EDITORIAL: Planning, safety key to road projects
A view of the Mount Rose Avenue, Interstate 83 construction project from a drone.
“What a freakin’ mess.”
That was the reaction of one woman on a York Dispatch Facebook post when describing new, temporary traffic patterns at the Mount Rose Avenue/Interstate 83 interchange.
She’s certainly not alone in her frustration.
Another woman called it a “nightmare” and “ridiculous.” Yet another called it “confusing.”
Many other motorists have taken to social media to vent their exasperation about what they view as poor planning.
Could the planning for the project been better?
It certainly seems so.
The Pennsylvania Department of Transportation must, however, revisit its planning, signage and communication policies with an eye toward mitigating traffic snarls that add to the already-frustrating ordeal of getting around in York County.
There’s one thing, however, that can’t be debated.
Every major road project at a busy interchange has the potential to be “a freakin' mess.”
You can't avoid some measure of disruption. And it is up to the state and the road contractors to minimize that chaos.
And make no mistake, the project at the Mount Rose Avenue/Interstate 83 interchange is a major project — to the tune of $58.3 million.
On Wednesday, Sept. 6, work began at the interchange to reconstruct and widen 1.3 miles of the interstate and rebuild the interchange.
Not surprisingly, during the morning and afternoon rush hours, long lines of vehicles have stacked up in traffic jams.
Some advice: Also not surprisingly, patience is wearing thin. There's no question it’s having a negative impact on the quality of life of every driver who must navigate through or around the project.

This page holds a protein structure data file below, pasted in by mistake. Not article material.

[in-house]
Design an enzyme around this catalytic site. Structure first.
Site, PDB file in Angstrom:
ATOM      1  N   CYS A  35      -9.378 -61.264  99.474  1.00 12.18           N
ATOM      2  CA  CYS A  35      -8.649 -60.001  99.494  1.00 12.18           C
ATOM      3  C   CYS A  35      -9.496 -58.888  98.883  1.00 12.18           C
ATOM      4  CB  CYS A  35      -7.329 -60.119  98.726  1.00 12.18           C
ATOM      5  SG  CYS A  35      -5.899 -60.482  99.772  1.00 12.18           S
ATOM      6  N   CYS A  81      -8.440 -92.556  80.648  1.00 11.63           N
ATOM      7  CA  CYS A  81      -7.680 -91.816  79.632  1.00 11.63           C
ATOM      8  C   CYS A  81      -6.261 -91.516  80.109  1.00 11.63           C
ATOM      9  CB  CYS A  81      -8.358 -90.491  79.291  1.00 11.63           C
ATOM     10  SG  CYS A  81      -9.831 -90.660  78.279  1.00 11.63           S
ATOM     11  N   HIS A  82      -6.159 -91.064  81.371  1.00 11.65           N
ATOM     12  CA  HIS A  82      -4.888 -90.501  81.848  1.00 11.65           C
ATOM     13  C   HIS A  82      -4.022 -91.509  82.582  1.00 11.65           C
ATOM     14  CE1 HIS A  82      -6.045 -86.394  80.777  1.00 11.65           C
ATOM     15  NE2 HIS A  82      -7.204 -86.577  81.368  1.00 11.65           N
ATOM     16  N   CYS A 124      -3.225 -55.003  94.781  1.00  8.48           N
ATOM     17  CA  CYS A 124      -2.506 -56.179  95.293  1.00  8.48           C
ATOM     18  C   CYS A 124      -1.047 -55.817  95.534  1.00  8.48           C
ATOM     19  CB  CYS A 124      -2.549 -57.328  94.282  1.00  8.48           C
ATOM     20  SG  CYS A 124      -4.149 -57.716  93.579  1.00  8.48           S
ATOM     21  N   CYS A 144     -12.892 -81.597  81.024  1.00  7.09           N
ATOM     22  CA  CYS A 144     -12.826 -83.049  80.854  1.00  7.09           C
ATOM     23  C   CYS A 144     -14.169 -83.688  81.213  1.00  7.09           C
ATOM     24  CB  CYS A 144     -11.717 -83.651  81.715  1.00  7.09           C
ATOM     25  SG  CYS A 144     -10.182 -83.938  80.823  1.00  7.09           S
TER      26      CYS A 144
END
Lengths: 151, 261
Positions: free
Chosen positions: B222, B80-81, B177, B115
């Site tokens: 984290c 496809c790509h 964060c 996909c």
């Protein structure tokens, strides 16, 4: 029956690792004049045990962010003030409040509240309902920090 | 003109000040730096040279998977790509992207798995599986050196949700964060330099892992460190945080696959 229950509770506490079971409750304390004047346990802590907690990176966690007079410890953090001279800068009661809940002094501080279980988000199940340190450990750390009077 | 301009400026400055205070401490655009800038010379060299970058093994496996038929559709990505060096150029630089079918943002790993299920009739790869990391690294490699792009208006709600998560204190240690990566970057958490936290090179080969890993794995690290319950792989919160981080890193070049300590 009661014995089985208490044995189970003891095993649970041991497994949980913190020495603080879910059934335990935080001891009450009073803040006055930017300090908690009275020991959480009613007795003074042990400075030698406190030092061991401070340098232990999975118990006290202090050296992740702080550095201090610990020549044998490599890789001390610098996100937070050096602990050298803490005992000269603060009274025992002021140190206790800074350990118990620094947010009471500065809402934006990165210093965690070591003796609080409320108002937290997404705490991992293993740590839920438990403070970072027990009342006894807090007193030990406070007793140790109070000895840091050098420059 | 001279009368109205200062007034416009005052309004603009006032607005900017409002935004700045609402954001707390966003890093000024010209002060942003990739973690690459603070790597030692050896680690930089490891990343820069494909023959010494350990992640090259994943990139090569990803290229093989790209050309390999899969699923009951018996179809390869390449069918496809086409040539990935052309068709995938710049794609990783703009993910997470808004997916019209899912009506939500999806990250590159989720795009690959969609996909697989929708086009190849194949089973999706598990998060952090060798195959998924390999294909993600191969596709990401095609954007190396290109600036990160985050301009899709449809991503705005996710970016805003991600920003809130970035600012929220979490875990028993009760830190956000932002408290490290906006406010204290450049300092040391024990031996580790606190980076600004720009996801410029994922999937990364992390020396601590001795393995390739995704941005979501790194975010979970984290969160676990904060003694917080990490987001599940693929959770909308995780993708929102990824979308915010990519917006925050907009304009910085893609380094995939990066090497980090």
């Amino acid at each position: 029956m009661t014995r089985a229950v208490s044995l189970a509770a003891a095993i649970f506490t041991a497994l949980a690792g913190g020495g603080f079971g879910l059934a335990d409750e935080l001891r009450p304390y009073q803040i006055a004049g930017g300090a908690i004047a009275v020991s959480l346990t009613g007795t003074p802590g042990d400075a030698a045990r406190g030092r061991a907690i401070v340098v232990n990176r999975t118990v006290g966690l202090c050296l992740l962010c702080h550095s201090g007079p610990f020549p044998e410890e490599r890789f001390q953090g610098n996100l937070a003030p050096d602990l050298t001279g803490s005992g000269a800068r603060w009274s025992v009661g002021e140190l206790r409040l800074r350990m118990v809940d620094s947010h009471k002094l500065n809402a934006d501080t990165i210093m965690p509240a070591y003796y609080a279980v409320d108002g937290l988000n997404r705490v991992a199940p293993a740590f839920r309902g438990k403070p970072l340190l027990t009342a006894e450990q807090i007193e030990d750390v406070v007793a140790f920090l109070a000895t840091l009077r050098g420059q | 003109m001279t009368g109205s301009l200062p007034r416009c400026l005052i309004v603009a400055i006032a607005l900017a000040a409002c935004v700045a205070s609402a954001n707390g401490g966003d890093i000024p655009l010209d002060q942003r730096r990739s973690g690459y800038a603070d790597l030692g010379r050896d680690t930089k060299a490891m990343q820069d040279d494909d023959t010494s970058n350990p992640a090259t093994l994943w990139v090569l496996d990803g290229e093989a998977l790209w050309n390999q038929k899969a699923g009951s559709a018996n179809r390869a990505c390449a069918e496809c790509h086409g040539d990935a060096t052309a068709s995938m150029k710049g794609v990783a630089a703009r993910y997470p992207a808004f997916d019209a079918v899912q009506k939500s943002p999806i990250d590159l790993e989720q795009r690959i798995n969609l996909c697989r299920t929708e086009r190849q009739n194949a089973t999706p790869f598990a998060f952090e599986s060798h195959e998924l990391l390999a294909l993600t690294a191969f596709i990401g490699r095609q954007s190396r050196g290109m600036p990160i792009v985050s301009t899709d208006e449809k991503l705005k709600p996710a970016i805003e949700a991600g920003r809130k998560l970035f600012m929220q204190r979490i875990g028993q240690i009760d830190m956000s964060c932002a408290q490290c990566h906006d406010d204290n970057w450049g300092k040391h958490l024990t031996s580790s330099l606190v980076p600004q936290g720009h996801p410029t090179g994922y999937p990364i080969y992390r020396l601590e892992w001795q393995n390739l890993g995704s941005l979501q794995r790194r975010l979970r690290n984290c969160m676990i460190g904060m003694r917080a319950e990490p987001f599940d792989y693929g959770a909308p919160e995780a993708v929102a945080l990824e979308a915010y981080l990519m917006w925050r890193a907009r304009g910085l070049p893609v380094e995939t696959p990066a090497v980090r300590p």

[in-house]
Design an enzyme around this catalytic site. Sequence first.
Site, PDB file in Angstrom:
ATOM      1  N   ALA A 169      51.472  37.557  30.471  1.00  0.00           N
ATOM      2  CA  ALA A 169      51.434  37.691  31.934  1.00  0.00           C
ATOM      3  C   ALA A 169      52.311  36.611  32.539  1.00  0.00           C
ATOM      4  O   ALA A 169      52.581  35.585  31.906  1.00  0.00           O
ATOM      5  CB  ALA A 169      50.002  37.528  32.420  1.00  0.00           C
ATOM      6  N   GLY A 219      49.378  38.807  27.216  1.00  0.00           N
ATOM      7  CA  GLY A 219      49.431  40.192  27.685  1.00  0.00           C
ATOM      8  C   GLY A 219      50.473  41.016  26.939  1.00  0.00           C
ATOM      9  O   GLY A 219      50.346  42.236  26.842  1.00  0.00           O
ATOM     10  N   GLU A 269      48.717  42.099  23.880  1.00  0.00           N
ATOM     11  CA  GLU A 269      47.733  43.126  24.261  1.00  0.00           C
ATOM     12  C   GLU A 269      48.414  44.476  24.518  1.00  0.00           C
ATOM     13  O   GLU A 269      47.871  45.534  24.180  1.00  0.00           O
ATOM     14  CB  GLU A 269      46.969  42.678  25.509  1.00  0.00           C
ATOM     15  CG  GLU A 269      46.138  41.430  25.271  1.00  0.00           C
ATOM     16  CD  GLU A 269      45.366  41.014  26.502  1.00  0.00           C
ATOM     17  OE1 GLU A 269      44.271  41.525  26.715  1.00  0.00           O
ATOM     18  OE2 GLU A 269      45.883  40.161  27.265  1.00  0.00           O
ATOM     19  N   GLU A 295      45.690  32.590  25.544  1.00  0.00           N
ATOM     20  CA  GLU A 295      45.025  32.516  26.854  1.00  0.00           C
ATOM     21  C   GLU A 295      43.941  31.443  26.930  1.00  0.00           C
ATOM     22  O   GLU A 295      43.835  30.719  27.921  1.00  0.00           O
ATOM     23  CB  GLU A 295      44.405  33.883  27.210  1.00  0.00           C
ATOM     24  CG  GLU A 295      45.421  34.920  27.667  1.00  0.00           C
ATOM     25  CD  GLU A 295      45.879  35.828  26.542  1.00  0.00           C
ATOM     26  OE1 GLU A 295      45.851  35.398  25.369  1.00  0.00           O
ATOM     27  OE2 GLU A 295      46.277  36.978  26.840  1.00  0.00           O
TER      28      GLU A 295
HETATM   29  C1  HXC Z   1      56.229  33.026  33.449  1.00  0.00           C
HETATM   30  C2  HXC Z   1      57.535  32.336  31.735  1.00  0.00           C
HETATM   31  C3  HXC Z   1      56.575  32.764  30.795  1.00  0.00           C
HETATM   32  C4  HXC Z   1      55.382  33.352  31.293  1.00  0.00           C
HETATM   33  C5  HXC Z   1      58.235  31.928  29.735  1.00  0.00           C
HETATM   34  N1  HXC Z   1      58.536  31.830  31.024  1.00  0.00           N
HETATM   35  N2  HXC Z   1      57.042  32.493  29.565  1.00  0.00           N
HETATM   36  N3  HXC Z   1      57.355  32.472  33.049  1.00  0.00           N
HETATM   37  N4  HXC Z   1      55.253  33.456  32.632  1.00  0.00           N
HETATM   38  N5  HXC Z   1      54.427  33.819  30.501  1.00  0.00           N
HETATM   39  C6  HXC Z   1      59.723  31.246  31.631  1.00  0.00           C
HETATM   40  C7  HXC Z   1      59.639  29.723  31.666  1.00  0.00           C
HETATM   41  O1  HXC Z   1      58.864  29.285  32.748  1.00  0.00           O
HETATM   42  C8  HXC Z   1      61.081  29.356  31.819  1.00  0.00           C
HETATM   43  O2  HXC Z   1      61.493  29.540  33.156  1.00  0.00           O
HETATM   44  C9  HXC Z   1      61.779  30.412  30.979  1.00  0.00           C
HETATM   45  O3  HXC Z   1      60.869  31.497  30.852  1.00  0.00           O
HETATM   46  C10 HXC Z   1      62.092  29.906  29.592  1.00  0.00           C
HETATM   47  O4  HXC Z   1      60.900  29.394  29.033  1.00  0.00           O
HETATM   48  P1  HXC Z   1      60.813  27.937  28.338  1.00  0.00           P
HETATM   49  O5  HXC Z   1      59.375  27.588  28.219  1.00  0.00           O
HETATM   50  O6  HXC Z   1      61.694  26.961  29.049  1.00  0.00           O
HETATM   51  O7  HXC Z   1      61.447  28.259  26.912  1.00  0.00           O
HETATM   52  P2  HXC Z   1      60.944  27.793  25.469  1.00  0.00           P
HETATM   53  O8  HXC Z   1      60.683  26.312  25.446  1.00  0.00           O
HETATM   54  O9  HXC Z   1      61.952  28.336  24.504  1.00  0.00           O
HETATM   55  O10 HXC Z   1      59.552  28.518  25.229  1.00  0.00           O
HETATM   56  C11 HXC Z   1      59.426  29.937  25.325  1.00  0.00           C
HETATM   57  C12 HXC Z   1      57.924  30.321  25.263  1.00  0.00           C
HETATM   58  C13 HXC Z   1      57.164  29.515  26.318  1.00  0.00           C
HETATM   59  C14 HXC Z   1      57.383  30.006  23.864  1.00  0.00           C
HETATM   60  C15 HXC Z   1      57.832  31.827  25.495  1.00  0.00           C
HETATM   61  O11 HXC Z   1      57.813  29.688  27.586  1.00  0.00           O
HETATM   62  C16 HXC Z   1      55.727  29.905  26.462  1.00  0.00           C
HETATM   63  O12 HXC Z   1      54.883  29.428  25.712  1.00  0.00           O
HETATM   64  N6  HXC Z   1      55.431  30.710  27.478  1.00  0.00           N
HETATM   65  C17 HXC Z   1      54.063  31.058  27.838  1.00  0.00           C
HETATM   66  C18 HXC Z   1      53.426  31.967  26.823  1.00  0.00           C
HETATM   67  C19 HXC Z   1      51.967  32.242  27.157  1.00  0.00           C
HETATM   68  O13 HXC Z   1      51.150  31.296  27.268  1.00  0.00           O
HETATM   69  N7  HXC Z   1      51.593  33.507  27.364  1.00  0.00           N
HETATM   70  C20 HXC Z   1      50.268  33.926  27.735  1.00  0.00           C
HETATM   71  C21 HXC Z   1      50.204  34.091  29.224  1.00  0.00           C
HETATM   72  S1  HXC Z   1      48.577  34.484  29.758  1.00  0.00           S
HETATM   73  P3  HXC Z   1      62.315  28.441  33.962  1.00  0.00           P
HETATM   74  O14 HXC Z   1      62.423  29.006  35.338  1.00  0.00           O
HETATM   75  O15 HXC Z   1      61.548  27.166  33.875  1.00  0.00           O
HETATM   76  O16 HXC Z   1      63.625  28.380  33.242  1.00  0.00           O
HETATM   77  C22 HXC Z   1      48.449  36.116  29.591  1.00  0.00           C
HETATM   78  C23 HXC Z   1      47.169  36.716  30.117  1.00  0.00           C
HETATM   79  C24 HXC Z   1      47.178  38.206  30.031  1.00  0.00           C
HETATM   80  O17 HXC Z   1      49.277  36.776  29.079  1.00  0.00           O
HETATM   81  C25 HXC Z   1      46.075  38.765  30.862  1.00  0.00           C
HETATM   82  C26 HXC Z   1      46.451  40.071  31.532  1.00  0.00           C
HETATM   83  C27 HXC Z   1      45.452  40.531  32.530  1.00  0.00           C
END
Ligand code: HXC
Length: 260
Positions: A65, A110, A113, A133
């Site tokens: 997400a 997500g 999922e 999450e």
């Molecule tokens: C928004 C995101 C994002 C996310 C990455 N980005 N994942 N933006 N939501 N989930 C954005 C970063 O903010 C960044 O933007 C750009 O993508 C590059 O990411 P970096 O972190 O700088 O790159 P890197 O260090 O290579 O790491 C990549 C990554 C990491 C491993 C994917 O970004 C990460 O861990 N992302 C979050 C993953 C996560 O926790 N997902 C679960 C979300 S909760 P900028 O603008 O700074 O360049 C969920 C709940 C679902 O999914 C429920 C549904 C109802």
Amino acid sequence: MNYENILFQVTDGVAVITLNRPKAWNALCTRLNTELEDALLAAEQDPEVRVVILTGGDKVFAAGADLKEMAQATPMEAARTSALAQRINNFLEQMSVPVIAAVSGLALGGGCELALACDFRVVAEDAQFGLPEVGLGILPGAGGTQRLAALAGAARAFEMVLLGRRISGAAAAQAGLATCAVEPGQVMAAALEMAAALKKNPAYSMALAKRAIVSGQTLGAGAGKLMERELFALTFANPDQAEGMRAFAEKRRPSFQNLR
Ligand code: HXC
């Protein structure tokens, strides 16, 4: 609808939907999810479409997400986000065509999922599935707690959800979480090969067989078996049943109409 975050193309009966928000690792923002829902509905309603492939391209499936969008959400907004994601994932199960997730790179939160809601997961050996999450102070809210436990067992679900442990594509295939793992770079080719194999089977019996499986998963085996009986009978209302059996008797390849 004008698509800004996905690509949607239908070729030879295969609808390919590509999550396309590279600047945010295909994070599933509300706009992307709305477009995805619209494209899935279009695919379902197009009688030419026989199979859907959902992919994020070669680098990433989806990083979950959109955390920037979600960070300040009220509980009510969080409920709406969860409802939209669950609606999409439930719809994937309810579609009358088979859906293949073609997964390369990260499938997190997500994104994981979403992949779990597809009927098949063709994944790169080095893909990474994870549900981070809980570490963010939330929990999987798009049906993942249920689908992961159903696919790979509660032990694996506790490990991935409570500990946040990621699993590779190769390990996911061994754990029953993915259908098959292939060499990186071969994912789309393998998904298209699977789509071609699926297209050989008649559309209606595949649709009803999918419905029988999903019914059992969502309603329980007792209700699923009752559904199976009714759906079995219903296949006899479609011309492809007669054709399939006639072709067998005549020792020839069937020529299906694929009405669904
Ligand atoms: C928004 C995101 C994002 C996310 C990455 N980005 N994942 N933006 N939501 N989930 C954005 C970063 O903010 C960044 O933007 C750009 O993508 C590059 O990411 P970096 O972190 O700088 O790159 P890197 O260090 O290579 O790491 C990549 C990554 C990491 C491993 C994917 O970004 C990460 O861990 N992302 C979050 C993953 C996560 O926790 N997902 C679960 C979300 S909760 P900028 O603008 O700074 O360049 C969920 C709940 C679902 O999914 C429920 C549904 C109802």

So our advice?
Avoid the interchange if possible, especially during rush hours. Yes, you’ll have to go out of your way. Yes, it will take more time. And yes, the alternate routes will collect more traffic. Still, it’s likely a better option than sitting at a standstill in backed-up traffic, feeling your blood pressure start to boil.
If you can’t avoid the interchange during peak times, make sure to stay alert, obey all traffic signs and do your absolute best to keep the road workers safe. That must be a priority. Eventually, as drivers learn the intricacies of the temporary traffic patterns, things should start to go a little more smoothly.
Most of all, however, be patient and be safe.
Thankfully, most drivers seem to be doing just that thus far. According to nearby emergency officials, there has not been an abnormal spike in accidents in the area. That’s good thing.
And according to PennDOT, there hasn’t even been an abundance of complaints about poor planning, communication or signage.
That's a bit surprising to us.
Of course, PennDOT is probably used to hearing complaints. It’s just a part of being in the road construction business. It’s expected.
Good news: Here’s the good news. The project will eventually be completed, and when it is, area motorists should benefit from more pleasant traveling experience at the interchange.
In the meantime, however, we must endure some short-term pain for long-term gain.
Roadwork is never convenient, and it’s always frustrating. The degree to which it frustrates drivers must be mitigated by traffic planners.
It's important that we citizens remain aware of these projects in the planning stages to get information and provide input whenever possible.
And the professionals must ensure they carry them out thoughtfully, and with the least amount of pain possible.